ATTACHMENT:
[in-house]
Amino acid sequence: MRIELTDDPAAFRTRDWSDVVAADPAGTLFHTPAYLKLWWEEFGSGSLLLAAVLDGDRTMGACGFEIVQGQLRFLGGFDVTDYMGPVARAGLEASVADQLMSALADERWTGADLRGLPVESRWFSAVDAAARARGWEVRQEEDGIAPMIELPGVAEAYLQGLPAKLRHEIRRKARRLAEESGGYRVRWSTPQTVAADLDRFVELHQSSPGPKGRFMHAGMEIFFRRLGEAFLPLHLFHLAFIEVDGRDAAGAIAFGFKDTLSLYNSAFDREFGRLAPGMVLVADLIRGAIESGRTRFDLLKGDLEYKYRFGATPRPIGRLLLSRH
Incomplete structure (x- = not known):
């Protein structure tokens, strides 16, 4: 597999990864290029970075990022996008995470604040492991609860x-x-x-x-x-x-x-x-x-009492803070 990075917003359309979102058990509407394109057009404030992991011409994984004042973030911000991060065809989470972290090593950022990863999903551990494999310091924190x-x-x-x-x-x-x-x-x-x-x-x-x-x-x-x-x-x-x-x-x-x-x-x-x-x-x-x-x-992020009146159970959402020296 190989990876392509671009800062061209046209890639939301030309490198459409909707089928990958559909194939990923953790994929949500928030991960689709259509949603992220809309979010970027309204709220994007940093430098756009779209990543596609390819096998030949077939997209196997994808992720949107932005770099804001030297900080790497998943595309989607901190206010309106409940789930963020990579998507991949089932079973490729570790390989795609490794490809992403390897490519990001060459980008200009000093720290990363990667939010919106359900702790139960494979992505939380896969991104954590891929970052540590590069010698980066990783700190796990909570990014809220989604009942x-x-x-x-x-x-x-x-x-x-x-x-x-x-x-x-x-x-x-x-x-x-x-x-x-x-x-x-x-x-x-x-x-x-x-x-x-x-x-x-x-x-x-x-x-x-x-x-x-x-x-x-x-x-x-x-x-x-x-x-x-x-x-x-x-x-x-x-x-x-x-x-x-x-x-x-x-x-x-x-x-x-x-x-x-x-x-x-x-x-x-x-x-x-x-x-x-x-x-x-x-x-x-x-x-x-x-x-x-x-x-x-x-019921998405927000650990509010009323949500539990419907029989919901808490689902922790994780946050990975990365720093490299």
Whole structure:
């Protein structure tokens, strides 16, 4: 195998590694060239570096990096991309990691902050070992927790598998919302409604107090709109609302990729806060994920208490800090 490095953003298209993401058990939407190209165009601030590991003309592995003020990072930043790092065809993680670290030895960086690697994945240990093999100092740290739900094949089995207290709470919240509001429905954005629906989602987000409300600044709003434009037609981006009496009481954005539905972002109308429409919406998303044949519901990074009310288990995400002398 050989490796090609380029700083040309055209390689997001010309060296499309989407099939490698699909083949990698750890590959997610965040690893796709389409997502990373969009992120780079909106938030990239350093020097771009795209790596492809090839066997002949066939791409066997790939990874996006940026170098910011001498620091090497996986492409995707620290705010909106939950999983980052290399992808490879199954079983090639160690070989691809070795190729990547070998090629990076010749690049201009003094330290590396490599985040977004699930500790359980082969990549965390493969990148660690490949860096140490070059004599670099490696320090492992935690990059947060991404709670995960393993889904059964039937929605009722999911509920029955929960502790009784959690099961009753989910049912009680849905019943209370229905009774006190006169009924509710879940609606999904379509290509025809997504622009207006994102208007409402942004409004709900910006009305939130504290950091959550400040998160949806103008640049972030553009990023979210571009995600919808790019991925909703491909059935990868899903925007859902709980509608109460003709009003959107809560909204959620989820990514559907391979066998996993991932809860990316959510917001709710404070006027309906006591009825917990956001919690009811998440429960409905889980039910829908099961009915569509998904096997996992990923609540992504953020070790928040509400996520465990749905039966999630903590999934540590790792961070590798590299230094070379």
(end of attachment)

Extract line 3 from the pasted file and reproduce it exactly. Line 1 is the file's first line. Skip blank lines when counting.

Incomplete structure (x- = not known):